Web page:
Dutifully separating their cardboard, paper, tins, plastic, glass and garden waste from their general rubbish, thousands of people have helped fuel a steady rise in recycling – and a reduction in landfill.
According to Government figures, recycling rates rose every year without fail in Nottingham, from 19.5 per cent in 2005-06 to 37.3 per cent 2010-11.
But last year, it fell to 33.2 per cent.
The sudden drop was mirrored by borough and district councils across Notts – except in Gedling, which managed a small increase.
The recession has been blamed for the fall, with funding cuts putting a squeeze on services offered by the council and residents having less money to buy packaged products.
But in response to the new figures published by Defra residents, campaigners and councils have all expressed a desire to turn around the decline.
Kaye Brennan, chairman of Netherfield Eco Action Team, said: "We would be keen to support an increase in resources for recycling.
"I think people are willing to pay for recycling schemes but I think it's something the council should be investing in."
Kaye, who lives in Colwick, added: "I also think that packaging is a real issue, and customers can't affect this.
"There is still a surprising amount of packaging which is not recycleable."
Nigel Lee, of Nottingham Friends of the Earth, said he believed the city council's decision to stop collecting food waste had an impact on the figures, and he would have preferred to see the scheme extended across the city.
"They were doing pilots in parts of the city, which they abandoned – and they abandoned it for cost reasons."
He said the campaign group believed kerbside sorting – where residents sort materials which can be collected in different compartments of a specialist recycling collection lorry – would greatly increase recycling rates.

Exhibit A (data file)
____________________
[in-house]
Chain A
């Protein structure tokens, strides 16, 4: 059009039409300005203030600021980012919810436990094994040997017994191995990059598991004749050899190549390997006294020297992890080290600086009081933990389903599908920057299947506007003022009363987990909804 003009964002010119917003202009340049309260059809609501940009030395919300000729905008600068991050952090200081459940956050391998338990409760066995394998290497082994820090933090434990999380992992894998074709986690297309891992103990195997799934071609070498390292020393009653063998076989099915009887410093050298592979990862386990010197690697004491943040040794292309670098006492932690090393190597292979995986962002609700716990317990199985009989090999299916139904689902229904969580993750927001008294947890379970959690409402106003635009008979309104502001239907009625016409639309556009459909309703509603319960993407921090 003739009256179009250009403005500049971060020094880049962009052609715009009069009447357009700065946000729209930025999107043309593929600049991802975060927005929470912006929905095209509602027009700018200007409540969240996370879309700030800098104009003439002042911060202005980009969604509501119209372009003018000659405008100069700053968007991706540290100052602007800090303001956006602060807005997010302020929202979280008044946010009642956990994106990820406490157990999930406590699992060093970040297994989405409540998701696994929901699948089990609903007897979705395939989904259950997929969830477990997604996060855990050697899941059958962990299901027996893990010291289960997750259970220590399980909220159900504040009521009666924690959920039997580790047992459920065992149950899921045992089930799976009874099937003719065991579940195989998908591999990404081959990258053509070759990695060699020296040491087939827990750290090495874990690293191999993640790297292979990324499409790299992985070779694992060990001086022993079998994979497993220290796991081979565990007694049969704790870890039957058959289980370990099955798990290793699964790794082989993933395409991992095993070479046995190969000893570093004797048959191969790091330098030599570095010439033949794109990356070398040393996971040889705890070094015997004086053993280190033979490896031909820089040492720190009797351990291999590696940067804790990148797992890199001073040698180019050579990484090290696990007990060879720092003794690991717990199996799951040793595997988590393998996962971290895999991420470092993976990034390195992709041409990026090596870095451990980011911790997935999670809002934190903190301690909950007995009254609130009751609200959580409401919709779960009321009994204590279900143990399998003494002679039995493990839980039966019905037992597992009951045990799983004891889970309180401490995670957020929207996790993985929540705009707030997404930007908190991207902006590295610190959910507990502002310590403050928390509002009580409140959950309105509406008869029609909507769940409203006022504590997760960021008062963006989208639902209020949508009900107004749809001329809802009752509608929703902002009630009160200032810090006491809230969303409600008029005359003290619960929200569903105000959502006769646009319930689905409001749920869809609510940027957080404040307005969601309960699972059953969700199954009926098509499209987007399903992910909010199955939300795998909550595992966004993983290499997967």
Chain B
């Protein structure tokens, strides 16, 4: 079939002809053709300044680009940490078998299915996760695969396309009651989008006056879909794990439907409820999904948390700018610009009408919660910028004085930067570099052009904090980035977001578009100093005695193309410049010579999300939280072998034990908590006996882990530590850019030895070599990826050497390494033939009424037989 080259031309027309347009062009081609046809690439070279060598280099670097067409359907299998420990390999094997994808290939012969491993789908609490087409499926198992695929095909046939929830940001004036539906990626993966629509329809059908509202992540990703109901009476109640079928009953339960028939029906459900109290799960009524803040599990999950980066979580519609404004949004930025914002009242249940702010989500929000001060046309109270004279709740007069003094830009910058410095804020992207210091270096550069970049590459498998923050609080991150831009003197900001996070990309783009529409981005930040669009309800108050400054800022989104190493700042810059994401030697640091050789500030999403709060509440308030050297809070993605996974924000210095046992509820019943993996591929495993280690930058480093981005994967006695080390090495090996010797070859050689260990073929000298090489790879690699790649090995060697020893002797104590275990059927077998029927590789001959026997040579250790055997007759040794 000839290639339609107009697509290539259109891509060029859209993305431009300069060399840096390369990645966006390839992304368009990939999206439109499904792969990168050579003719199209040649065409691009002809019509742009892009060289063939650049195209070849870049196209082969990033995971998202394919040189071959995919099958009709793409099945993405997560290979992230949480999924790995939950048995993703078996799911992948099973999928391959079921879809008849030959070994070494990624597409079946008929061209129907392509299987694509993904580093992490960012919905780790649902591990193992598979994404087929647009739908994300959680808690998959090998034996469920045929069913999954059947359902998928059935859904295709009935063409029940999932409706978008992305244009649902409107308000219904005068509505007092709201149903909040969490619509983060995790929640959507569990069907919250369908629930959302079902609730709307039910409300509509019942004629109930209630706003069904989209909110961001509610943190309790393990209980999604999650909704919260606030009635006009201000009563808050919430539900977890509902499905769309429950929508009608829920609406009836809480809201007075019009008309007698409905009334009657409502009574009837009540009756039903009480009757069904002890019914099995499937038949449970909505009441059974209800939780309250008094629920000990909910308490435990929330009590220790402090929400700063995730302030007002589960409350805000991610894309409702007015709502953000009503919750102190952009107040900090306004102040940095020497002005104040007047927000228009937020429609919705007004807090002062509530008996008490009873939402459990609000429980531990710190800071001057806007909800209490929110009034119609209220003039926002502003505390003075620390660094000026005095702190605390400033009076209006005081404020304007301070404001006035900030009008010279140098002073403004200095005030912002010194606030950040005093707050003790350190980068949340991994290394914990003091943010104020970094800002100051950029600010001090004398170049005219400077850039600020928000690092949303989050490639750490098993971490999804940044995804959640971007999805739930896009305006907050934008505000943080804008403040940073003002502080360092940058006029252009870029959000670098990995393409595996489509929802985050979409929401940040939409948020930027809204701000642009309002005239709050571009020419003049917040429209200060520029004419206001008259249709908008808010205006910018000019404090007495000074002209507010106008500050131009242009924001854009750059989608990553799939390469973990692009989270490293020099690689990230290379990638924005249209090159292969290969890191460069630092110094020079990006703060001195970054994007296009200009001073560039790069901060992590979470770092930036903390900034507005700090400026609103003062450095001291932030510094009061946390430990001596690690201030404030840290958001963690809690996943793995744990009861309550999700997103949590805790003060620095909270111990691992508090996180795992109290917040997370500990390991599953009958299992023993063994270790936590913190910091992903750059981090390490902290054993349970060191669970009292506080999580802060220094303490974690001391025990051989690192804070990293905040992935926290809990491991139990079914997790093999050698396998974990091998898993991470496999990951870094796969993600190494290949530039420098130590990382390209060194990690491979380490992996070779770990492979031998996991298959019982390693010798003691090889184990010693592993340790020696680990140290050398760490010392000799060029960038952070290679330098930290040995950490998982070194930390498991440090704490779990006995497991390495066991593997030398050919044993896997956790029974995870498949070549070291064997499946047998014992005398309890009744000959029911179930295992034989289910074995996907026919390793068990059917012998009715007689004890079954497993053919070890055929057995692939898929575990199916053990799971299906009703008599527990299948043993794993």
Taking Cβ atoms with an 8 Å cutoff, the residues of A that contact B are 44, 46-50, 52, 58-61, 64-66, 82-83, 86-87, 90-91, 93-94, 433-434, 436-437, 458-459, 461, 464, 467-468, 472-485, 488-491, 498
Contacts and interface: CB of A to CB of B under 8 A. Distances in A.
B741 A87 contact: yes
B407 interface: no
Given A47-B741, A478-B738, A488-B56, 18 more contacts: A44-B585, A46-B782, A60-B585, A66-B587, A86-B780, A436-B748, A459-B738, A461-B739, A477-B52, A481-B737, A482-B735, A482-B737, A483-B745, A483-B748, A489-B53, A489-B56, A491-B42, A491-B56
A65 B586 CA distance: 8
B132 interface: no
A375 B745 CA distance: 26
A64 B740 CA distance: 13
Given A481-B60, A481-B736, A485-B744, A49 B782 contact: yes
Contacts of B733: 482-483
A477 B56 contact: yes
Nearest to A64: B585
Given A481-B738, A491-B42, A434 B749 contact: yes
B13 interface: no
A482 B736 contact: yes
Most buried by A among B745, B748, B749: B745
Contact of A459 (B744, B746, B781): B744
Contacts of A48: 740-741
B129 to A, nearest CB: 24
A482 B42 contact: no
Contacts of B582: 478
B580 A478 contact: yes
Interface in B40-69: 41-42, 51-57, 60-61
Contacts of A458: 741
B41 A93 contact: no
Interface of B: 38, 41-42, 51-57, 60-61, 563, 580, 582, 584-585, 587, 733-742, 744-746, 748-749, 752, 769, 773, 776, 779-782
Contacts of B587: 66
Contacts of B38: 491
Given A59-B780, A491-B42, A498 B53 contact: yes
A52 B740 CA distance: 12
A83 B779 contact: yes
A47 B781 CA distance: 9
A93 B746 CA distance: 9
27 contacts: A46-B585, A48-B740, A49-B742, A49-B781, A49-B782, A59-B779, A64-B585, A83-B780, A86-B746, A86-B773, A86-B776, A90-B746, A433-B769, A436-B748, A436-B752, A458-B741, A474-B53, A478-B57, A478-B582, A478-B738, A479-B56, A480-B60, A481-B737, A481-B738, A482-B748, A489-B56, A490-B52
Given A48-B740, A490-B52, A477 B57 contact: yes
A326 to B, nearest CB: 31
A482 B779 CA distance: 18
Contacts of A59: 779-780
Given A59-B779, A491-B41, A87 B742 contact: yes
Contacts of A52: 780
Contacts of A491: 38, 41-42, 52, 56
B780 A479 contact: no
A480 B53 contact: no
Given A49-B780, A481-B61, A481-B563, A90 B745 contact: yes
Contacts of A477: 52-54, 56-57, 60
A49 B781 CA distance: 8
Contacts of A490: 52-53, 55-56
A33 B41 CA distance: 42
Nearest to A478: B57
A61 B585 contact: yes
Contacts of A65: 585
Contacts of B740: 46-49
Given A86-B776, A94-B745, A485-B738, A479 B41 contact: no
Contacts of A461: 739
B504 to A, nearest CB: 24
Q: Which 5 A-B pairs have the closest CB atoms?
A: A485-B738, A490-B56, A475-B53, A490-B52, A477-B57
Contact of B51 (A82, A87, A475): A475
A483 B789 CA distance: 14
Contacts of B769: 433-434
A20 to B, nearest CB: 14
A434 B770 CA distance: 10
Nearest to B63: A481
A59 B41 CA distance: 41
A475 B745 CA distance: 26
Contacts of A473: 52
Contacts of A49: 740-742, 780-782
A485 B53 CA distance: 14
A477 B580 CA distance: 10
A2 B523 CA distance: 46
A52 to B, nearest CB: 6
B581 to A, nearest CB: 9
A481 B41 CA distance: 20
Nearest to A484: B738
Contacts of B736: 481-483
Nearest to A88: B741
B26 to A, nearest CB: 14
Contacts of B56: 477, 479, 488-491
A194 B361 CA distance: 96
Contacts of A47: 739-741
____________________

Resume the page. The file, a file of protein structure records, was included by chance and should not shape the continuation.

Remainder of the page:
Mr Lee said this would allow more materials to be collected, which would otherwise be put in with general waste, and better quality recyclable materials, allowing the council to get a better price for them.
Some residents think their council is already doing enough.
George Todd, 73, of Westleigh Road in Strelley, has one bin for general rubbish and two more – for garden waste and for recyclables such as glass, paper and tins.
He said: "I think the recycling is brilliant. I don't think there's much more that they could recycle.
"And if it's burnt at the incinerator, this helps to heat parts of Nottingham through the district heating scheme."
John Watson, 82, of Castle Close, Calverton, said: "I think the recycling schemes are pretty good. But there are lots of products where you don't know if they are recycleable or not, such as some types of plastic trays."
Councillor Alan Clark, portfolio holder for energy and sustainability, was optimistic about future recycling, despite the drop over the last year.
"We have plans in place now that we hope will increase recycling performance," he said.
"We are introducing the possibility for residents in flats to recycle waste in new orange bags designed to survive collection from communal bins and have their contents recycled.
"And we will run a campaign in the New Year to reinforce the message about what can and what can not be recycled."
In 2006-07, Rushcliffe Borough Council was the third best performing council in the country for recycling.
However, since then its performance has levelled out and it has been overtaken by dozens of other local authorities.
David Banks, head of environment and waste management at Rushcliffe Borough Council, said: "Rushcliffe continues to perform extremely well with a recycling and composting rate of over 51 per cent compared to the previous year's 54 per cent rate.
"Rushcliffe has seen a small reduction in the amount of waste recycled in the blue bin. This may be down to manufacturers producing less packaging and also to consumers' buying preferences in the current economic climate.
"Whilst the introduction of a chargeable green waste collection service has seen an inevitable small drop in overall recycling performance, the take up of the service has been extremely high with nearly 26,000 households signing up to have their green bin emptied for only £25 per year."
He added that the council would keep trying to see where it can improve recycling rates and keep contamination to a minimum.
In Gedling, the one place in the county where recycling increased, Councillor Seamus Creamer said: "We provide the service and facilities to encourage recycling and will continue to look at ways to reduce the amount sent for incineration or to landfill."
Nationally, the average recycling rate has continued to rise, although the rate has been slowing since its peak in 2005.
Lord de Mauley, Parliamentary Under-Secretary for Resource Management, the Local Environment and Environmental Science, said: "Across the country, people are cutting the amount of waste going to landfill by recycling more.
"More still needs to be done and we continue to push towards our aim of a zero waste economy."